It was an occasion for reflection, recognition and celebration.
A Life to Live’s first Thanks for Giving dinner and program on Nov. 25 at McLeod Recreation Center in Mont Belvieu brought together our organization’s leadership team, volunteers, fosters, family members and other community supporters for a memorable post-Thanksgiving event.
“Tonight is a special night. It’s a night to give thanks to you: our volunteers, our fosters, our supporters, our partners, our advocates — the people who support life,” said Jay Garrett Jr., founder and executive director of A Life to Live, in kicking off the evening.
Following the post-Thanksgiving potluck feast, Jay shared his personal journey that led to A Life to Live’s launch in 2014. At the core of his story was a desire to ensure that homeless animals in Baytown were given the chance to live their full lives. It’s a mission that remains at the heart of A Life to Live.
The organization has grown by leaps and bounds since those earliest days when Jay was a one-man show. Today, A Life to Live features about 50 active volunteers, including about 25 fosters, who together have contributed more than 20,000 service hours in 2017.
The positive impact that our volunteers and other community supporters have made is reflected in several key statistics. Since our establishment, A Life to Live has enrolled 500 pets into our foster program. In 2017 alone, A Life to Live has saved 239 from Baytown Animal Shelter and adopted out 220 into loving homes.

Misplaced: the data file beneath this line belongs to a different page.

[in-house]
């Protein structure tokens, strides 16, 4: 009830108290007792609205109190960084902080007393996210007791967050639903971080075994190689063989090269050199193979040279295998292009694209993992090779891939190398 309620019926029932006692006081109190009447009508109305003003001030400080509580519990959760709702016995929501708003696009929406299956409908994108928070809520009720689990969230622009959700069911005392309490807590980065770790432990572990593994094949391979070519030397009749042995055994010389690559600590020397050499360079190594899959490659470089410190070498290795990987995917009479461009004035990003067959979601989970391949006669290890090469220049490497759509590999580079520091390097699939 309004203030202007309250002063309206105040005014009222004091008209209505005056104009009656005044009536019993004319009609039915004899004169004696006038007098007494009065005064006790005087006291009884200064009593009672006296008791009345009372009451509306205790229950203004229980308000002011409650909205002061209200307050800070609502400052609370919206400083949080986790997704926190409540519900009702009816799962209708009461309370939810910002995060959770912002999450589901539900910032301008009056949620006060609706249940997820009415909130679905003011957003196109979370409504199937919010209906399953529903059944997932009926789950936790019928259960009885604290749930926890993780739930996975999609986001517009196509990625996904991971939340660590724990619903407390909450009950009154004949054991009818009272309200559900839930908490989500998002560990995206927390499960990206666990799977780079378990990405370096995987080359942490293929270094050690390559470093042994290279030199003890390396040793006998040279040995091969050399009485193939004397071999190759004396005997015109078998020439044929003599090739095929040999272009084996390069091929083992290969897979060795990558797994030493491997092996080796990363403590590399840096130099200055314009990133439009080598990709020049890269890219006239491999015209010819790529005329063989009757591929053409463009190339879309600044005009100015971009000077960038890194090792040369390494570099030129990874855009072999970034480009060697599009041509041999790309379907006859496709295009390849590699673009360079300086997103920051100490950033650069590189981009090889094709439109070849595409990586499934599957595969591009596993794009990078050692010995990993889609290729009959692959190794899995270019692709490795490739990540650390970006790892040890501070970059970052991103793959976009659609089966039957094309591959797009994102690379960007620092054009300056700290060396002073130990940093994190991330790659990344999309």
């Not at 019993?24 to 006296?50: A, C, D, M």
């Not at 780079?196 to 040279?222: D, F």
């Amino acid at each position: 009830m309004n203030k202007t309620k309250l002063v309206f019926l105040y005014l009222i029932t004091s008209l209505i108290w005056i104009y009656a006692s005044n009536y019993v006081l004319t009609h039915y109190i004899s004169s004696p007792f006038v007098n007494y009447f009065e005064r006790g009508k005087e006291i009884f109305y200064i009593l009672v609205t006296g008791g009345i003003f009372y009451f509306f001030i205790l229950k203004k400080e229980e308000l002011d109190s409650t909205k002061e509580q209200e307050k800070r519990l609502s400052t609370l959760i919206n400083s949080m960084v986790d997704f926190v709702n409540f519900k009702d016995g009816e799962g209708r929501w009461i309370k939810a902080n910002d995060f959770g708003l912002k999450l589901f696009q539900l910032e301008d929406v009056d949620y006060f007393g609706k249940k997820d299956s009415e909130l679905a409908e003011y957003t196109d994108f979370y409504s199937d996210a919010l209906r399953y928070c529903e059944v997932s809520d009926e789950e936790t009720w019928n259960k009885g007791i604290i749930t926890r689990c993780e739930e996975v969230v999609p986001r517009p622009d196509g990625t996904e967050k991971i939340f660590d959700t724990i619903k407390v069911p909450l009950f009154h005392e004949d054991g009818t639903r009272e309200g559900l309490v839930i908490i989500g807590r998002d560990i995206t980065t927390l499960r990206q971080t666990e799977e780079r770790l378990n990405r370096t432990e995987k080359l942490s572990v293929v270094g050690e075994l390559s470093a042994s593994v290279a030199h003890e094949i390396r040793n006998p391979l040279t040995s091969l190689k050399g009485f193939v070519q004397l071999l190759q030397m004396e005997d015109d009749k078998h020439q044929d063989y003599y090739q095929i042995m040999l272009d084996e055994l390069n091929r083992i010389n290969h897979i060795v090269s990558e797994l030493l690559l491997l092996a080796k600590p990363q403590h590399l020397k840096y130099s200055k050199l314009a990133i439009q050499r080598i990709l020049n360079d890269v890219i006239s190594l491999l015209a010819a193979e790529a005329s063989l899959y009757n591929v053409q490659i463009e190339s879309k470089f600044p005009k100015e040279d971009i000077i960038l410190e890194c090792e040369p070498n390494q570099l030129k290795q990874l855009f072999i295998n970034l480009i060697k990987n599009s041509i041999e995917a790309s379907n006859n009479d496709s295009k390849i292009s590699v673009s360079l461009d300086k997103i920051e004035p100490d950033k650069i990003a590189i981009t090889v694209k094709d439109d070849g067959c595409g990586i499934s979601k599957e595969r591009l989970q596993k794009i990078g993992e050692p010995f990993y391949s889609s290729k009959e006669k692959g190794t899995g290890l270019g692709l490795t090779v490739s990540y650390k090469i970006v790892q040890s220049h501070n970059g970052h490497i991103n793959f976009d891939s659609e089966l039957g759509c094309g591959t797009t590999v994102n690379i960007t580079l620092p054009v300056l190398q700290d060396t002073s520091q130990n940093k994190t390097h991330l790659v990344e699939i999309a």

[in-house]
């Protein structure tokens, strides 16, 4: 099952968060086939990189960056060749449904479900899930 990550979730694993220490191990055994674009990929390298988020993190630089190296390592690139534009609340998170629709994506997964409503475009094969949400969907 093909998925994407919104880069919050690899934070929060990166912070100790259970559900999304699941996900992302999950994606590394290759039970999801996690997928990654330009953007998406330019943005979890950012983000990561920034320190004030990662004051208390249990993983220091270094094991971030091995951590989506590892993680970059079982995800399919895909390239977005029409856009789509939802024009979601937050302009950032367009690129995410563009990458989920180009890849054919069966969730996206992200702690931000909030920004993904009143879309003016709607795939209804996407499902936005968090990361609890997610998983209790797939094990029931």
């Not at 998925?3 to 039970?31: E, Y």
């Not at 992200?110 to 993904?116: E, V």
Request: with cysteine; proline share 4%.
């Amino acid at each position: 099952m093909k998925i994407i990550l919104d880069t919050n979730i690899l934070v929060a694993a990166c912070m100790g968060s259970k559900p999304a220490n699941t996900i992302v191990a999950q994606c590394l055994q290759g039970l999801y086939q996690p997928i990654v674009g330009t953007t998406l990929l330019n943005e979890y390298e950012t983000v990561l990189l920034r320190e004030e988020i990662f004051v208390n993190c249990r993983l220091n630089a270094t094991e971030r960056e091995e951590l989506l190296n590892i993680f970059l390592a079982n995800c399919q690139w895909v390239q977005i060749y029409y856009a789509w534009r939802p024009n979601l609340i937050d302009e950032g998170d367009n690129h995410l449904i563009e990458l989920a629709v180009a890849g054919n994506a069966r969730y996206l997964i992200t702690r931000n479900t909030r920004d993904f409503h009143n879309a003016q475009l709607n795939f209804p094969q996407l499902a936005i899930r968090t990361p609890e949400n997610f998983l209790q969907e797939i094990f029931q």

Our foster parents are currently medicating, bathing, cleaning up after, feeding and loving about 60 dogs and cats in our program. Additionally, in 2017, more than 130 community cats have been serviced through our Good Felines program and nearly 15,000 pounds of pet supplies have been donated for foster animals and pet owners in the community who need help keeping their animals fed.
A major highlight of 2017 was Baytown City Council’s unanimous passage of a no-kill resolution, which was initiated by A Life to Live and carried forward to a vote by council member Robert Hoskins. The measure states that by 2025, 90% or more of all healthy adoptable animals entering the city’s animal control facility will be saved.
For his efforts in support of the no-kill cause, councilman Hoskins received A Life to Live’s Creating a Caring Community Award. It was the first of several honors presented by Jay and Magan Gonzales, co-founder and program director, to recognize significant contributions by volunteers, leadership team members and community supporters who believe in our no-kill mission.